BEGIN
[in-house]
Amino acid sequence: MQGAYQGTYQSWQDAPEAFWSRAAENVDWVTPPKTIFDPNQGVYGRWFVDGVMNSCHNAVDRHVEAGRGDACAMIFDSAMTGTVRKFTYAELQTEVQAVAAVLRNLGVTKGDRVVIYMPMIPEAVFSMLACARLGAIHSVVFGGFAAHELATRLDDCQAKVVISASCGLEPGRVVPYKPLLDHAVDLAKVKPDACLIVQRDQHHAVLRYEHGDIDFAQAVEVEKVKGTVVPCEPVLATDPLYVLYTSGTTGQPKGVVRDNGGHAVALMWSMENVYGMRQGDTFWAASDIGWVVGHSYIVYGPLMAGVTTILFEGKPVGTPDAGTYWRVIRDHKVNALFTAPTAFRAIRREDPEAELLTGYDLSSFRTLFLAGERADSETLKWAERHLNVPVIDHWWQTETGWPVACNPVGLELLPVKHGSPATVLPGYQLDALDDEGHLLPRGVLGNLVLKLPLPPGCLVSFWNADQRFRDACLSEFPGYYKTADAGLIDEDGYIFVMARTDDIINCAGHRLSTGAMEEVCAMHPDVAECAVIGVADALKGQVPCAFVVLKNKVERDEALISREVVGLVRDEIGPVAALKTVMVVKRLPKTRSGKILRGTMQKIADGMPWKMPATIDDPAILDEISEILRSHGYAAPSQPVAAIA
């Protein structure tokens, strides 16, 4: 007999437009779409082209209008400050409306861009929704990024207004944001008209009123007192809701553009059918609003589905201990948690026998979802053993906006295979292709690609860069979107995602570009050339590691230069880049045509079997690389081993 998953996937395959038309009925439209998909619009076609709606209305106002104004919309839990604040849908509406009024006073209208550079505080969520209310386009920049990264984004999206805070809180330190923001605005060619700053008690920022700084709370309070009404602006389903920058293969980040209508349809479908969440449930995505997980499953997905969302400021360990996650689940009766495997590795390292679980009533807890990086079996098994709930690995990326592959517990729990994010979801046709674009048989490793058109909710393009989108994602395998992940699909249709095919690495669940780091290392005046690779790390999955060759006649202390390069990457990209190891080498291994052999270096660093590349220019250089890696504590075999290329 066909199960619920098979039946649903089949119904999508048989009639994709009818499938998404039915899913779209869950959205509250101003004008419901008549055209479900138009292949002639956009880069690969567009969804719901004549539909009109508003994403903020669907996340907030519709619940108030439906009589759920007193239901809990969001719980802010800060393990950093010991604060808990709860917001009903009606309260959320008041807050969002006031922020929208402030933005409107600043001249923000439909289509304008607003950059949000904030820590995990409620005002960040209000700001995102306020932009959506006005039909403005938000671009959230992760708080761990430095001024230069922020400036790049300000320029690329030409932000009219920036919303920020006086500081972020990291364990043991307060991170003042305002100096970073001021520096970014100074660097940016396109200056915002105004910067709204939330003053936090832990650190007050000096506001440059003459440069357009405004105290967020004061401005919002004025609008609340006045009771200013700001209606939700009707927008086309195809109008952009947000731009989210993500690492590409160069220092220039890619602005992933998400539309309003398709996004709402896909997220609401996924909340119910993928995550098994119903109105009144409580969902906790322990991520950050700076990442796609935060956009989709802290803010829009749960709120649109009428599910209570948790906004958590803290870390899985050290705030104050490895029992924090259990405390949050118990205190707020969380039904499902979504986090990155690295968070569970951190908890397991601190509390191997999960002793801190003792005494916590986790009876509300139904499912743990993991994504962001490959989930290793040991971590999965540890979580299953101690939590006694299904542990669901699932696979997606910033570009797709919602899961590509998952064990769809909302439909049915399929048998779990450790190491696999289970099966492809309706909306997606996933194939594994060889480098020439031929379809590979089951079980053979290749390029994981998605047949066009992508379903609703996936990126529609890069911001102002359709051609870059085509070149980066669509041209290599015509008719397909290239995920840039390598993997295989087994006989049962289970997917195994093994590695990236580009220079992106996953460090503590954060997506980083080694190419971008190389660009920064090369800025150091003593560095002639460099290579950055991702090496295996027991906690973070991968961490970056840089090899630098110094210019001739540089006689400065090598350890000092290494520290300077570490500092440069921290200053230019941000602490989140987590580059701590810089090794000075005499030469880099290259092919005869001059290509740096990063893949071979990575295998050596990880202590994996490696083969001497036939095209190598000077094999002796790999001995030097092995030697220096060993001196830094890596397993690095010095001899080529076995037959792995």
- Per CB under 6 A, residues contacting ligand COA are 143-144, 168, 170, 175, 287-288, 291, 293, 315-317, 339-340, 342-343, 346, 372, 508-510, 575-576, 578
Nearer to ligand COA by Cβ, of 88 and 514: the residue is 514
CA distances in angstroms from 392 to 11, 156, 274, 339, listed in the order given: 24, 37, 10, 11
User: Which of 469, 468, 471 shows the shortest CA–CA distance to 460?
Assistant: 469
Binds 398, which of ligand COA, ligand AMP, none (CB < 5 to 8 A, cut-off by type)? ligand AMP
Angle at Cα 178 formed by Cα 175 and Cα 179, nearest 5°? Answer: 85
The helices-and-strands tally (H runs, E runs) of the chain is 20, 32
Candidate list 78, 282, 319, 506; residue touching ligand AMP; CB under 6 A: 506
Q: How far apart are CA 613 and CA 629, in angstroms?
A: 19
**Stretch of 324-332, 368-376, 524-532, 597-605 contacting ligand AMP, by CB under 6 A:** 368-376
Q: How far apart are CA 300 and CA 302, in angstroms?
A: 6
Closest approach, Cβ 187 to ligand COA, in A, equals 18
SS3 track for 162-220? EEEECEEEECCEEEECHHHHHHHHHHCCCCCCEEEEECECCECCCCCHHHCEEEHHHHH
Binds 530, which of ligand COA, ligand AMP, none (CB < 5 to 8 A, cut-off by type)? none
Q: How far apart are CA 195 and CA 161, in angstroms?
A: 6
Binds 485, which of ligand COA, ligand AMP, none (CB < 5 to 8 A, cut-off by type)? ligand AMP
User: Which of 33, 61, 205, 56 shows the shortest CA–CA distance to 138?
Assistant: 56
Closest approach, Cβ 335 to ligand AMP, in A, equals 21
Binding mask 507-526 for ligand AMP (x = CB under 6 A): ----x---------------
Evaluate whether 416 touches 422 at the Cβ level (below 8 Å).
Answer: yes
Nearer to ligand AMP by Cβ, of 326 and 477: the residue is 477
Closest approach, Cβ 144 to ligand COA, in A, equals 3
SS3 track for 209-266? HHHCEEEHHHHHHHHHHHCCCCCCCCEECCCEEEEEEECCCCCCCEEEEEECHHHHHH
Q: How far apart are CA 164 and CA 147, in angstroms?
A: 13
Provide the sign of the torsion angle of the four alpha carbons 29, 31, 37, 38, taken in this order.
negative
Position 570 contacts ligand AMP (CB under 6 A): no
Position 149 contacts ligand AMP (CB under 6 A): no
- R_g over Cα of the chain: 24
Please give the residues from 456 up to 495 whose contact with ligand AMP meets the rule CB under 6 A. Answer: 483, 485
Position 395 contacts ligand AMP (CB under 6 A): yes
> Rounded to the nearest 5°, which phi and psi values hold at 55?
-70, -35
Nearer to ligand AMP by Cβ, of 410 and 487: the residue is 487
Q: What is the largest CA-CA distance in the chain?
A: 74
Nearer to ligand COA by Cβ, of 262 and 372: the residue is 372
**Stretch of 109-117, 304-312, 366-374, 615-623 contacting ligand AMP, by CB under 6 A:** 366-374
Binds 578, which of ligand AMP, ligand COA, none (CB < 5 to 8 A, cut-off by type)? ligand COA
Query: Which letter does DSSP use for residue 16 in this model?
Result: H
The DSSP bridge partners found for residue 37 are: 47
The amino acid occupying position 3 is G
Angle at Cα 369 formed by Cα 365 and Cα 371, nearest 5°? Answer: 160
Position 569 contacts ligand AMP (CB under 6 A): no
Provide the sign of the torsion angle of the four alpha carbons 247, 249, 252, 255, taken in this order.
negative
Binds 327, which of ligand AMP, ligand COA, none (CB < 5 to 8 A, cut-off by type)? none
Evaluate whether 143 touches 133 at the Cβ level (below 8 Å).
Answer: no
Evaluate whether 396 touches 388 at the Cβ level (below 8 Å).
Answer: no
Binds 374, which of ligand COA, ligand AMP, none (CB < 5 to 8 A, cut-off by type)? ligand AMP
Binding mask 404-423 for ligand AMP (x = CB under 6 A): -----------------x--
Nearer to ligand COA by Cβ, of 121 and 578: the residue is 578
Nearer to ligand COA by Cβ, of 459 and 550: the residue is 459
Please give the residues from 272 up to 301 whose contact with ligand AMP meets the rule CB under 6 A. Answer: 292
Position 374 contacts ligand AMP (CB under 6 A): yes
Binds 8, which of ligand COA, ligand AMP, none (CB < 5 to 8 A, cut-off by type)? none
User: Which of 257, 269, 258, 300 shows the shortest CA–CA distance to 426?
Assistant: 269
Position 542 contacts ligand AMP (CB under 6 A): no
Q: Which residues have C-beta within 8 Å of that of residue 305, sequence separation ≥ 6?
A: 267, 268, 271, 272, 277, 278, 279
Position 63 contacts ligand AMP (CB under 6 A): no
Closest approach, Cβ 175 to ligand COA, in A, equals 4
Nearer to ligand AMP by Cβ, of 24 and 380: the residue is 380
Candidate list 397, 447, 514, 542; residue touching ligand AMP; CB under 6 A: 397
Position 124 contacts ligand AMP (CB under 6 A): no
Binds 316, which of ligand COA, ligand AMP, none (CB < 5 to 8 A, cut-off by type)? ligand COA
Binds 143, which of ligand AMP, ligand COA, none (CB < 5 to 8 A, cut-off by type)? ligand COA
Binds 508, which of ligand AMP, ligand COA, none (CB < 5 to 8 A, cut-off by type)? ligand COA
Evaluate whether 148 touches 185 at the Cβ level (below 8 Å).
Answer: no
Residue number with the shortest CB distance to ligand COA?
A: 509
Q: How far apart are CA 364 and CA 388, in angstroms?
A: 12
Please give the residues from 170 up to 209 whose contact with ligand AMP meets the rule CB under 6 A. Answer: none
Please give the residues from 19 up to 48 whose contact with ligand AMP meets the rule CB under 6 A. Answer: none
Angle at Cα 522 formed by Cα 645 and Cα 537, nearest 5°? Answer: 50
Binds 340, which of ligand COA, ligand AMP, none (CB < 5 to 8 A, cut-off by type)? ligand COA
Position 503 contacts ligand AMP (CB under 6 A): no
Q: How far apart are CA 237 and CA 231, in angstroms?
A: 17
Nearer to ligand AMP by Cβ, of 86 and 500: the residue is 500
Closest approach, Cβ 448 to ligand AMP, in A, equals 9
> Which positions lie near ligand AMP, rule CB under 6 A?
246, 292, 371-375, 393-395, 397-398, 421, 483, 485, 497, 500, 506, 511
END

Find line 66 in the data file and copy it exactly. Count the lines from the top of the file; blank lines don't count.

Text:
Nearer to ligand COA by Cβ, of 459 and 550: the residue is 459